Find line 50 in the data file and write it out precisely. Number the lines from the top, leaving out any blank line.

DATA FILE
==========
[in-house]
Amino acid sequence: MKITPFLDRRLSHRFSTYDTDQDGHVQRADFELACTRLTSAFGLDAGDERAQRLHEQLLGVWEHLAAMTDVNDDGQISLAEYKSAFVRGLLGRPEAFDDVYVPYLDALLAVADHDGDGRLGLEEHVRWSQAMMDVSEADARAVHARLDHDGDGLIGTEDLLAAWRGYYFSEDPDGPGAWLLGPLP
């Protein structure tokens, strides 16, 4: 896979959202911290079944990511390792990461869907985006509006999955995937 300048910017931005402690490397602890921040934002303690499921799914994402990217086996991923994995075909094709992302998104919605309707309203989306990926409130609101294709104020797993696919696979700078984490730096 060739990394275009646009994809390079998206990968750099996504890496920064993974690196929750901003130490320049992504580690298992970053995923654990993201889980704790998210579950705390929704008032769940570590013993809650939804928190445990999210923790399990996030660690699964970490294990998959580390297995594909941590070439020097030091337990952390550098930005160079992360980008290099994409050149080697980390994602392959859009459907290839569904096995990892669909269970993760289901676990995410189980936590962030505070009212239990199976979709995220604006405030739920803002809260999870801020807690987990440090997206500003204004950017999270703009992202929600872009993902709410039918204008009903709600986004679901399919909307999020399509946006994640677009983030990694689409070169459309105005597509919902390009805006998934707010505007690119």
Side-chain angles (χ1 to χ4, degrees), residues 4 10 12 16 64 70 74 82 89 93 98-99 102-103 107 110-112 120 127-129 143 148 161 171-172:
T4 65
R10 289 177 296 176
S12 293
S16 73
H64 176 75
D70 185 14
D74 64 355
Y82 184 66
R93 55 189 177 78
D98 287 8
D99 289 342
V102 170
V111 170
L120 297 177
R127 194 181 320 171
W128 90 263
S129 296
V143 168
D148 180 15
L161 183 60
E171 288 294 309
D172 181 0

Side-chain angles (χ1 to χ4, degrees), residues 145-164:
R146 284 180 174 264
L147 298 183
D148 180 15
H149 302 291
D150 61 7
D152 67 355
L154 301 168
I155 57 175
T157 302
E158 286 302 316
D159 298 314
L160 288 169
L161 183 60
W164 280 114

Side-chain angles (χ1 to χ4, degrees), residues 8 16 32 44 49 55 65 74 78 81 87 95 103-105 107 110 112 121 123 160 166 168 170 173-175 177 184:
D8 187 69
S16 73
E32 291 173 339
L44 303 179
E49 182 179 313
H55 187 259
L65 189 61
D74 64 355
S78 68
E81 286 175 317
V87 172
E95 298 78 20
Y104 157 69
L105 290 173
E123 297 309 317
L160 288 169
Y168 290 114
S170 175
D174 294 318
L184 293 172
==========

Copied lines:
D74 64 355